By Andy Sernovitz on April 26th, 2012 | 243564 comments on this postAndy%27s+Answers%3A+How+Dell+engages+online+fans+and+critics2012-04-26+11%3A55%3A54Andy+Sernovitzhttp%3A%2F%2Fsmartblogs.com%2F%3Fp%3D24356
Dell has become legendary for the way it engages with fans and customers. Though its initial introduction to online word of mouth was a little rough, only us marketing folks really talk about that anymore. What most people think of is how responsive and proactive the company is when it comes to talking with customers.
At our last Word of Mouth event, former Dell executive Caroline Dietz talked about how the company developed its engagement program, launched its IdeaStorm community and started identifying and supporting online fans.
A few of her big points:
- Not all customers and conversations are the same. At Dell, conversations are separated into three buckets: customers who need support, people with suggestions and brand reputation (happy fans and customers).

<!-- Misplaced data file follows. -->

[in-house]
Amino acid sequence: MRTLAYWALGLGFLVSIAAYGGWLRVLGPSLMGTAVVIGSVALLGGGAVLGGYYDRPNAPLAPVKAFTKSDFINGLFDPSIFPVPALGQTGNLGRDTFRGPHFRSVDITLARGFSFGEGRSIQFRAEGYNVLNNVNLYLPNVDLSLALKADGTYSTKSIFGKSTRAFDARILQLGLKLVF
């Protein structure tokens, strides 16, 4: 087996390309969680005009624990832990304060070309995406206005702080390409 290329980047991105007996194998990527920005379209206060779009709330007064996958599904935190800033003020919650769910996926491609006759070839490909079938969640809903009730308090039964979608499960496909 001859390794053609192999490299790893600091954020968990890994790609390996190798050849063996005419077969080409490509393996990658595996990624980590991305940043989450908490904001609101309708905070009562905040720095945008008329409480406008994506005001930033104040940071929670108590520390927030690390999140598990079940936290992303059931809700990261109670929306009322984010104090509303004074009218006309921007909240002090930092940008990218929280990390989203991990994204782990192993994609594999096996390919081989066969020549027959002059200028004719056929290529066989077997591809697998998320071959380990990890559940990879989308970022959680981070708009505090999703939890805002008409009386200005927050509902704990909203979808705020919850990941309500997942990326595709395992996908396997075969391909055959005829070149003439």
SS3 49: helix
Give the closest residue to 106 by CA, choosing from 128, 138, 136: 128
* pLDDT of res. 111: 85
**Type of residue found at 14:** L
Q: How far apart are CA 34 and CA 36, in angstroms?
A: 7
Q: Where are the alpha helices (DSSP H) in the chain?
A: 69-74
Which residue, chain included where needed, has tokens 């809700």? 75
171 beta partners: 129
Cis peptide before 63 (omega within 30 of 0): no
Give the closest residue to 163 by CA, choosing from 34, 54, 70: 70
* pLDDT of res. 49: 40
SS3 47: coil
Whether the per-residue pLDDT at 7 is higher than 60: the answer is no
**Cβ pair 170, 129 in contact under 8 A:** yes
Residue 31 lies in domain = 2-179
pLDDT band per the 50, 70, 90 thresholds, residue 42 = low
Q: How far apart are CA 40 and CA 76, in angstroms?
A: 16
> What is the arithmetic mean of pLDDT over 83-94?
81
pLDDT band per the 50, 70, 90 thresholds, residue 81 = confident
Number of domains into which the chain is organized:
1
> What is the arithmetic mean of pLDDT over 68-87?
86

- Ask influencers and fans for feedback. A great way to start and engage in a conversation is to ask for feedback. Before Dell launched IdeaStorm, it reached out to 25 key online influencers and asked them to play around with the community and provide feedback. The company also invited these influencers to tell their networks about it — and over a weekend, it had more than 1,000 ideas on the site.
- Don’t focus only on the negative. Much of Dell’s early engagement was on finding unhappy customers and working with them to fix their issues. That’s great, but in doing so, the company found itself overlooking all of the happy fans. So to engage them and help them share their voice, Dell started simple programs to thank them and customer-advisory panels to acknowledge them.
Watch Dietz’s case study.
P.S. If this sounds like how you think about marketing, you should be at the Word of Mouth Crash Course.
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